Sweden’s Housing Market

“The housing market shows imbalances, with double-digit price gains as the urban population outpaces construction, pushing up household debt from already high levels. Dwelling price rises accelerated to 16 percent y/y in September, led by apartment price increases exceeding 20 percent in Stockholm and Gothenburg. Housing supply is constrained by construction impediments and rent controls while demand is bolstered by population growth and urbanization, rising income and financial savings, and historically low interest rates. Households need to borrow more at higher house prices, with mortgage credit growth of 8 percent y/y in September lifting household debt to 176 percent of disposable income (195 percent including housing associations)”, according to the IMF new report on Sweden.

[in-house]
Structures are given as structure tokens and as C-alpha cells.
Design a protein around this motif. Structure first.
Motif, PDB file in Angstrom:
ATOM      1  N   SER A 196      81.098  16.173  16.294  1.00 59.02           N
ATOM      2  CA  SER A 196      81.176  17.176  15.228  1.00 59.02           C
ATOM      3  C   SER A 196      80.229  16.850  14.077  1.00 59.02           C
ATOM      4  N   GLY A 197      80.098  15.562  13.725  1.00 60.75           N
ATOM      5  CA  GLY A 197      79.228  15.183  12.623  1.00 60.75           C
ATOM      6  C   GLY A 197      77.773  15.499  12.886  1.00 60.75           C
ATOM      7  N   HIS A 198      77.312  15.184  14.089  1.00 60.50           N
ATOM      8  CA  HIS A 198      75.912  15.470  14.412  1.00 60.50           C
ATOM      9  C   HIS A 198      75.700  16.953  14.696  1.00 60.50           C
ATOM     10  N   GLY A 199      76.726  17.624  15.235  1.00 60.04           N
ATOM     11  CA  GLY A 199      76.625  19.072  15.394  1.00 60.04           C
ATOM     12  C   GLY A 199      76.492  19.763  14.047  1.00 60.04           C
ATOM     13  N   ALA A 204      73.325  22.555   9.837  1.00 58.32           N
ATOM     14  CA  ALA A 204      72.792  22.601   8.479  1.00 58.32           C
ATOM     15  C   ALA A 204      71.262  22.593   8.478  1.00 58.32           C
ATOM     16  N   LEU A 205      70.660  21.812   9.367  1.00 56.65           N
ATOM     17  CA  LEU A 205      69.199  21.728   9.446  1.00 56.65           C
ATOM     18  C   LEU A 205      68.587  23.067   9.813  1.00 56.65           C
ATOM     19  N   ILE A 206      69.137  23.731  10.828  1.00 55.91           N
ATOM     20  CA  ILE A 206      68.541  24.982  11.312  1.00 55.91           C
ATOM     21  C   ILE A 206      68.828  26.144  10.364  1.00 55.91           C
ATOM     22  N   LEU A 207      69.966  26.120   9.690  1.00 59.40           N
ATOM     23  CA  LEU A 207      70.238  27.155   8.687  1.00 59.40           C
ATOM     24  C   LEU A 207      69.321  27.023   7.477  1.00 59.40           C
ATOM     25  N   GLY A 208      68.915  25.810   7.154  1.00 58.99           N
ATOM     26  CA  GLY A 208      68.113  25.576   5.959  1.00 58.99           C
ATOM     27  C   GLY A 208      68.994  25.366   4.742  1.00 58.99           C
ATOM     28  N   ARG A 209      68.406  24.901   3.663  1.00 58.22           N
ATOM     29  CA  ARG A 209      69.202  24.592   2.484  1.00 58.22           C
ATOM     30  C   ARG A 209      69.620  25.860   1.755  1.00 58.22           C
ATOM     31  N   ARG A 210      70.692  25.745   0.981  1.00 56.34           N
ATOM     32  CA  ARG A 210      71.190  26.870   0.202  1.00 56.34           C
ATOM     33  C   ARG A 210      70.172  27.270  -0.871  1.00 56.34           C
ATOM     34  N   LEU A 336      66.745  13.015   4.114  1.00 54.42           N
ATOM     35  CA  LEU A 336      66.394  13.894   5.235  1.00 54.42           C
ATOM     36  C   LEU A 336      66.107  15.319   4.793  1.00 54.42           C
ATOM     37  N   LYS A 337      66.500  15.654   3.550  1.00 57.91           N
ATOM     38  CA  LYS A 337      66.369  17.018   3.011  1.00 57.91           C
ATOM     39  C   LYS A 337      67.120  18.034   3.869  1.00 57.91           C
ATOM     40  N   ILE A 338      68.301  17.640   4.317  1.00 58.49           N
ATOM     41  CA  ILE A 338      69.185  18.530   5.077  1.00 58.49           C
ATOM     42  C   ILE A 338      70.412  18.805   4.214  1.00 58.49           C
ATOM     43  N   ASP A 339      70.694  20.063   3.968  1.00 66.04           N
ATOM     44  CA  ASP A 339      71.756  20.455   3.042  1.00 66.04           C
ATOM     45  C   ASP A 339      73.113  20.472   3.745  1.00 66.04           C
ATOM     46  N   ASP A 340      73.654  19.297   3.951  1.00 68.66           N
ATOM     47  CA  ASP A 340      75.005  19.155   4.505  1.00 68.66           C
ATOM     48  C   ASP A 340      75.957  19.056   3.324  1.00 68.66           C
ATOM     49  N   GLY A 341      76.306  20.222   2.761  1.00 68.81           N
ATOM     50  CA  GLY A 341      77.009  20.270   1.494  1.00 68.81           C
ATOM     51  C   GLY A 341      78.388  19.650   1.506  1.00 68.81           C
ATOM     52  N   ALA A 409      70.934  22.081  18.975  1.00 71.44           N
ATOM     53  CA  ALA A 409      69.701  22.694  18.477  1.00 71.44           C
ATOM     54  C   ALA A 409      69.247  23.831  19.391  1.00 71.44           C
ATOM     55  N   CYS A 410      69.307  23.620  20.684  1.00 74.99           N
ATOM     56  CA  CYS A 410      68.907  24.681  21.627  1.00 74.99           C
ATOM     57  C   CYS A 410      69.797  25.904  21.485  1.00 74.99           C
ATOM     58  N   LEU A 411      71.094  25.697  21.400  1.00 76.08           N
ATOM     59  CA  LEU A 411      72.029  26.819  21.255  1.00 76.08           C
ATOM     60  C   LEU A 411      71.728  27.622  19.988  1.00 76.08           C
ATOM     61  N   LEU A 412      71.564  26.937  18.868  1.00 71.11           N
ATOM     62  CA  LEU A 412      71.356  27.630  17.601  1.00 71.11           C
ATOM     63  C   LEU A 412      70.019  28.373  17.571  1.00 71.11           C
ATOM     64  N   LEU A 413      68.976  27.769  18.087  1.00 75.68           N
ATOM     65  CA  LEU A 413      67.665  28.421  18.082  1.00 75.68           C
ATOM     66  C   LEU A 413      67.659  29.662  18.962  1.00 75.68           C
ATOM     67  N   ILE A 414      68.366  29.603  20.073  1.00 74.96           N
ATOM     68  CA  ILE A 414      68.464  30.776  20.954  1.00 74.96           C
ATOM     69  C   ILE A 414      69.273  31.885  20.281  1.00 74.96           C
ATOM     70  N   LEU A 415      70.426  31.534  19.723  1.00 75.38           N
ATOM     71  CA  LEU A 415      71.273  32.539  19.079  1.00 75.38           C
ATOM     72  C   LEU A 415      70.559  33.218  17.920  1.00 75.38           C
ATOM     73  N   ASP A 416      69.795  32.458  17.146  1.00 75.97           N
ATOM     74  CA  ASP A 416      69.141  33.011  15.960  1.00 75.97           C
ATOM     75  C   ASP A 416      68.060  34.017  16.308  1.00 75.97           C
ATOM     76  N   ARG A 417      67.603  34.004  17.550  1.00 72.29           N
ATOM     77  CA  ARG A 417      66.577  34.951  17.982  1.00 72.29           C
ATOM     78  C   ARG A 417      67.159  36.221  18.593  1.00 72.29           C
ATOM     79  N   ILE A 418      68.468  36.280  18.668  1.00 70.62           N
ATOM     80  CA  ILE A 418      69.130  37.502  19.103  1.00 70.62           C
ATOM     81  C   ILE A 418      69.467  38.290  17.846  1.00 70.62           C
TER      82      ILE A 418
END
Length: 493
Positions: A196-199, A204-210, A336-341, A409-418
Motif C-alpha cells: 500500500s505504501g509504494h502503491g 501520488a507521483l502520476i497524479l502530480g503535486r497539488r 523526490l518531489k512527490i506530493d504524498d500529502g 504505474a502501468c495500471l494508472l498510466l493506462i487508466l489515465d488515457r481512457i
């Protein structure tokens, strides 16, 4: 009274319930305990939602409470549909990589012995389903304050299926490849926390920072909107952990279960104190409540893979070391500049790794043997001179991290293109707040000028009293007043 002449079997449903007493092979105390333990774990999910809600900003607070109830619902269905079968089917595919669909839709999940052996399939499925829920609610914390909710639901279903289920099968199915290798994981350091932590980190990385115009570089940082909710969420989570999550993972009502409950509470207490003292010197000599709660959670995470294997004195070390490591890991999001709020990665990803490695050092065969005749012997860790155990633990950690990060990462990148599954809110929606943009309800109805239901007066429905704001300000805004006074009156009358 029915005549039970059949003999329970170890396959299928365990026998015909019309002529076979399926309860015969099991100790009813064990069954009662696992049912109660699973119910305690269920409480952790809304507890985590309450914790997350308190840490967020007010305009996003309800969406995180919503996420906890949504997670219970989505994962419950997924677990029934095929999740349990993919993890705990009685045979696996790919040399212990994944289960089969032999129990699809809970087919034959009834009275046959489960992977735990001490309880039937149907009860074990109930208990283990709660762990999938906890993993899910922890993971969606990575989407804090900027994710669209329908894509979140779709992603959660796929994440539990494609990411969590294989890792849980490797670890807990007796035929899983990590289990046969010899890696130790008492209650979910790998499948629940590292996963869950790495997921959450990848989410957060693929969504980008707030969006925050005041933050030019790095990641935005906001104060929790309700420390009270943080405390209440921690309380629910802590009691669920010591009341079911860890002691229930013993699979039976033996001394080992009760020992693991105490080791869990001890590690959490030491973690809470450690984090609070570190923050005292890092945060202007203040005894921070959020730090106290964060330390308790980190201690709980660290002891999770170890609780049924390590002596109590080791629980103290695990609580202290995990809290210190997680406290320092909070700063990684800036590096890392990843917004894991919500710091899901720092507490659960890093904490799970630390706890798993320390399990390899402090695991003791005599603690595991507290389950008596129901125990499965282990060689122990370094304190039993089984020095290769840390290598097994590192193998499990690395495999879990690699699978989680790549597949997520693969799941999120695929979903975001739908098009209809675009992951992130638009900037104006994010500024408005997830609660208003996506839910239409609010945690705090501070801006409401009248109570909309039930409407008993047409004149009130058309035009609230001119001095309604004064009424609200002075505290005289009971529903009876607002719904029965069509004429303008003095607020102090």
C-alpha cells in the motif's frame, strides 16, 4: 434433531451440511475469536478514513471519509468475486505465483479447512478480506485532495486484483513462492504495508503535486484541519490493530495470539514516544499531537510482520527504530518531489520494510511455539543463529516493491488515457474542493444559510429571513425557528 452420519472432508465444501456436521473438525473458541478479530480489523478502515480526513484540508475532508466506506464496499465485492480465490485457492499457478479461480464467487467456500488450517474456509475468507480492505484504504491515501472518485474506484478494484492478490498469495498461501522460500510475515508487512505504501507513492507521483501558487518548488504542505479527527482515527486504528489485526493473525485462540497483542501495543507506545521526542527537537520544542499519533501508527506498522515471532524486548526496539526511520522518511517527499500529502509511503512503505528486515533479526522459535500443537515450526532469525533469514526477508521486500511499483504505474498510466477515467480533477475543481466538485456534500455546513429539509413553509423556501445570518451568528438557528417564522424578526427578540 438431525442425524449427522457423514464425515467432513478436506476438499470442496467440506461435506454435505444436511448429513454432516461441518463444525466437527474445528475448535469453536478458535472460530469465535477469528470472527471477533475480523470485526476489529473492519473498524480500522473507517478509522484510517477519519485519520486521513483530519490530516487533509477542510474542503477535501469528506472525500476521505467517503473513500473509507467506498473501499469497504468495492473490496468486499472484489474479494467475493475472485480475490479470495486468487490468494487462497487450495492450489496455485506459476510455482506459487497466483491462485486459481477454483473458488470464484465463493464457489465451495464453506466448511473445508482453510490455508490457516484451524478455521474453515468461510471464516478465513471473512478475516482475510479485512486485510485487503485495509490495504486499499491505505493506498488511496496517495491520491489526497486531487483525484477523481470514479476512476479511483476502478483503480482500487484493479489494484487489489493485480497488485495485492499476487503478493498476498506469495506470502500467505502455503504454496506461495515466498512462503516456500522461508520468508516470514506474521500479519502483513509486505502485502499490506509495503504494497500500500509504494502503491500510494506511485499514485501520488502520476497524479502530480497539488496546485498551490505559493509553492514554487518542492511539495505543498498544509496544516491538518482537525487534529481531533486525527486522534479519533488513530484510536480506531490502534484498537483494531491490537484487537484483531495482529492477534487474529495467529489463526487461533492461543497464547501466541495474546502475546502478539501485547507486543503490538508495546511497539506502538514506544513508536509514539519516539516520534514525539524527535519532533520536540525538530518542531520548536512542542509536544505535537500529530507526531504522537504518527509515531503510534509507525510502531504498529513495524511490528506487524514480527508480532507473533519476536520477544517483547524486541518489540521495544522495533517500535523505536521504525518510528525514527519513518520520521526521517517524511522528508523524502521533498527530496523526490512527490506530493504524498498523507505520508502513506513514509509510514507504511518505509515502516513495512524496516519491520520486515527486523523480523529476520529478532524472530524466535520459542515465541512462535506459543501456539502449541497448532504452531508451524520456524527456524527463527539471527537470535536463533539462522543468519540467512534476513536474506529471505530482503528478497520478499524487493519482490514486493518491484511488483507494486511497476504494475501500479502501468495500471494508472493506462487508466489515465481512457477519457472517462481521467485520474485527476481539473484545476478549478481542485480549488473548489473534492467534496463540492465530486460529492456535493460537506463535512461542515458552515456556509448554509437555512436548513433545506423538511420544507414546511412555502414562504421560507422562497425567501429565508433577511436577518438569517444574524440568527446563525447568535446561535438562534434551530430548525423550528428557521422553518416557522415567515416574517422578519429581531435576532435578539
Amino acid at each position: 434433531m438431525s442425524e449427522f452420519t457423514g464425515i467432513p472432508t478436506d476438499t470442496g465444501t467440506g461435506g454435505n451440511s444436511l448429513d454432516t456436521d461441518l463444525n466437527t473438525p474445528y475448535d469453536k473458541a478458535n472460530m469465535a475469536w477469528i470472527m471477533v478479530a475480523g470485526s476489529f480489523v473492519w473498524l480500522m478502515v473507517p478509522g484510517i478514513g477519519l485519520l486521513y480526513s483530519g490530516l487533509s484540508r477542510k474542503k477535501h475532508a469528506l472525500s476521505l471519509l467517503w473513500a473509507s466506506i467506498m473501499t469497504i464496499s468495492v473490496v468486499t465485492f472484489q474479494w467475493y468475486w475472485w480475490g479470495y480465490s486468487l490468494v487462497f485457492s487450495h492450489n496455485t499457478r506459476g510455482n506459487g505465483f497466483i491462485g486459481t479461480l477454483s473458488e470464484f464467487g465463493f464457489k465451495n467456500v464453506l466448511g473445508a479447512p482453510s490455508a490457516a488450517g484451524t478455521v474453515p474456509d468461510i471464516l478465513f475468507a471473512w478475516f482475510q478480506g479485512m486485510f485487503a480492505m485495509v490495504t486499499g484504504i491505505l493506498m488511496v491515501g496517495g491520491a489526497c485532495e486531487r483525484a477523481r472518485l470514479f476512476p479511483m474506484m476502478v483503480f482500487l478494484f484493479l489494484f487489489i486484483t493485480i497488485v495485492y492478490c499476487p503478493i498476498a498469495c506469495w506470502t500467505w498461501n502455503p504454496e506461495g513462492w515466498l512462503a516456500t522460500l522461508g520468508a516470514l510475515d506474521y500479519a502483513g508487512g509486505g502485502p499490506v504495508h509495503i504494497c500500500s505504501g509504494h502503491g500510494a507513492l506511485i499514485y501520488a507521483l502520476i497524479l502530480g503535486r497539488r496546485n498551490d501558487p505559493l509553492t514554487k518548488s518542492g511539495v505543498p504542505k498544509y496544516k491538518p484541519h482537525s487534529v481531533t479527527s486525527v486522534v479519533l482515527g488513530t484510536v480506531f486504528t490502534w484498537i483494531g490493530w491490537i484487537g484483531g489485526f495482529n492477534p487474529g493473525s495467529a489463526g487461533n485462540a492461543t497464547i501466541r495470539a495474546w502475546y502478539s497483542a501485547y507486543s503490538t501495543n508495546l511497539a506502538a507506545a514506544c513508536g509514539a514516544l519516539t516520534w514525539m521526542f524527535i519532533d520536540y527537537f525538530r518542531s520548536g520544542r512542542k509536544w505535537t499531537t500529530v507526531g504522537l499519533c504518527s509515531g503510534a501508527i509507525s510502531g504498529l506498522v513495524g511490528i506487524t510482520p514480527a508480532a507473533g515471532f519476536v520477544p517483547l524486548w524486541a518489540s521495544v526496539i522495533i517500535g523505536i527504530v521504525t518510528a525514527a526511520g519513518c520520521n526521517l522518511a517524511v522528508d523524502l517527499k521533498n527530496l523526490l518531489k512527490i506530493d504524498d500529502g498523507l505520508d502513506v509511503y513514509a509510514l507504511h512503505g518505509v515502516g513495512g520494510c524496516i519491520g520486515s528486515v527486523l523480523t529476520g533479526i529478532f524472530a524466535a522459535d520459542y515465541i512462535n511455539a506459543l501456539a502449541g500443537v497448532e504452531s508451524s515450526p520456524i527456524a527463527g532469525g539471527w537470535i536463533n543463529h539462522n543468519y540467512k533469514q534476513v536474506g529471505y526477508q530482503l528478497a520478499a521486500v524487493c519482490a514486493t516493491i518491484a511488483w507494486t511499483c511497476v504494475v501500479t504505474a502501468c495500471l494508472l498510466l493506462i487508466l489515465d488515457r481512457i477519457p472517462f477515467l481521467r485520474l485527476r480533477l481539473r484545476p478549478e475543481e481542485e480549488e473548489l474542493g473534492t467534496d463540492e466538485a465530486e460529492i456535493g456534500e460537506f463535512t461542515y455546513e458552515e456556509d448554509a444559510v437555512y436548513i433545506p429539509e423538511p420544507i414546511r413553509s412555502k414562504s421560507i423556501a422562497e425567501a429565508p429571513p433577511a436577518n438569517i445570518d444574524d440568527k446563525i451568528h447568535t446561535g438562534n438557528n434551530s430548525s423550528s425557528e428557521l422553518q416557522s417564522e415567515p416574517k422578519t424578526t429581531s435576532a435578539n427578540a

In terms of policies, the report recommends that:

  • “Housing supply should be enhanced through land sale and planning reforms, which will also facilitate more competition in residential construction. Rent controls should be eliminated on new rental apartments and phased out more broadly.” 
  • “Mortgage interest deductibility should be phased out to moderate housing demand over time and limits on capital gains tax deferrals raised to release pent up supply.” 
  • “A debt-to-income limit should be adopted to contain rises in the already sizable share of highly indebted households, which adds to macroeconomic vulnerabilities.” 

A separate IMF report looks at the role of supply constraints in driving prices of owner-occupied housing using municipal-level data.

Posted by at 10:00 AM

Labels: Global Housing Watch


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